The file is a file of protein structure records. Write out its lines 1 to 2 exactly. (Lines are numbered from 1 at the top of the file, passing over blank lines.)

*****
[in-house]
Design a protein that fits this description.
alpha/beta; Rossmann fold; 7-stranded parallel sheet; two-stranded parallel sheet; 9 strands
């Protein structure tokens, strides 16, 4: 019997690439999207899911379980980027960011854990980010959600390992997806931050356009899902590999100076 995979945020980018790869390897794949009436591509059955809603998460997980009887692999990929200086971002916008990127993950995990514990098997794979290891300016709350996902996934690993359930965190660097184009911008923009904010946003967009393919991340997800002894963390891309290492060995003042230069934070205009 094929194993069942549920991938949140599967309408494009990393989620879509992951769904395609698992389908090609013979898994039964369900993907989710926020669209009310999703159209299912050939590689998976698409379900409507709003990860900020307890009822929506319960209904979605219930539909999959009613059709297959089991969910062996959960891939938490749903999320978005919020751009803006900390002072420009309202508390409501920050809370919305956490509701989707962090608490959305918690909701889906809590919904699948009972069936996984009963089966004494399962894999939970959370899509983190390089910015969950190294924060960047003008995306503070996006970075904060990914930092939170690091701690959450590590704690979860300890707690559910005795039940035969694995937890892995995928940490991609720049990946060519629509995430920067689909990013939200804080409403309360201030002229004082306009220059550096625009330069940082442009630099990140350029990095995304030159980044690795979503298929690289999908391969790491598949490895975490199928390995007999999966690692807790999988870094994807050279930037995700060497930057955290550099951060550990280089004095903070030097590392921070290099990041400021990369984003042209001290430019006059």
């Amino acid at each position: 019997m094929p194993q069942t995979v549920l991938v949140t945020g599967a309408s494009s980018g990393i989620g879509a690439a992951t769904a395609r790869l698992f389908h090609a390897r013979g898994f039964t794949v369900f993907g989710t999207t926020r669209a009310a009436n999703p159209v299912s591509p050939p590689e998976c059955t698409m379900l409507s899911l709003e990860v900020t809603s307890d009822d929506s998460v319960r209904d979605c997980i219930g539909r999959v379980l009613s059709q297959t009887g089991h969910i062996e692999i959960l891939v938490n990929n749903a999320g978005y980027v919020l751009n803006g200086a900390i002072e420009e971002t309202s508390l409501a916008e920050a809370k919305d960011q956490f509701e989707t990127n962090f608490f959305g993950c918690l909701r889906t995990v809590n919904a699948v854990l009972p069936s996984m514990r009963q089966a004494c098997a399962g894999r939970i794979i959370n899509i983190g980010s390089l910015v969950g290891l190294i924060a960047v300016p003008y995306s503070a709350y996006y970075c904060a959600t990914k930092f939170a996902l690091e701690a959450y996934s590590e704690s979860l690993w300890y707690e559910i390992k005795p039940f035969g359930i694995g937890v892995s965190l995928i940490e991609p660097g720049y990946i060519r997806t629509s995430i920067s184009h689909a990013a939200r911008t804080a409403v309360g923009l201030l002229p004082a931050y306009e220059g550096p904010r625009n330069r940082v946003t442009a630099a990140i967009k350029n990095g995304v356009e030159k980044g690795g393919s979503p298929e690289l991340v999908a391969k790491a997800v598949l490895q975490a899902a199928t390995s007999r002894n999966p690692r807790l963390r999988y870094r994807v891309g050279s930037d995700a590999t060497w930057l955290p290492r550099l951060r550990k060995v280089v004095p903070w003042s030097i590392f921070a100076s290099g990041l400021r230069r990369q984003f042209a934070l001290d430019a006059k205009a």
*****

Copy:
[in-house]
Design a protein that fits this description.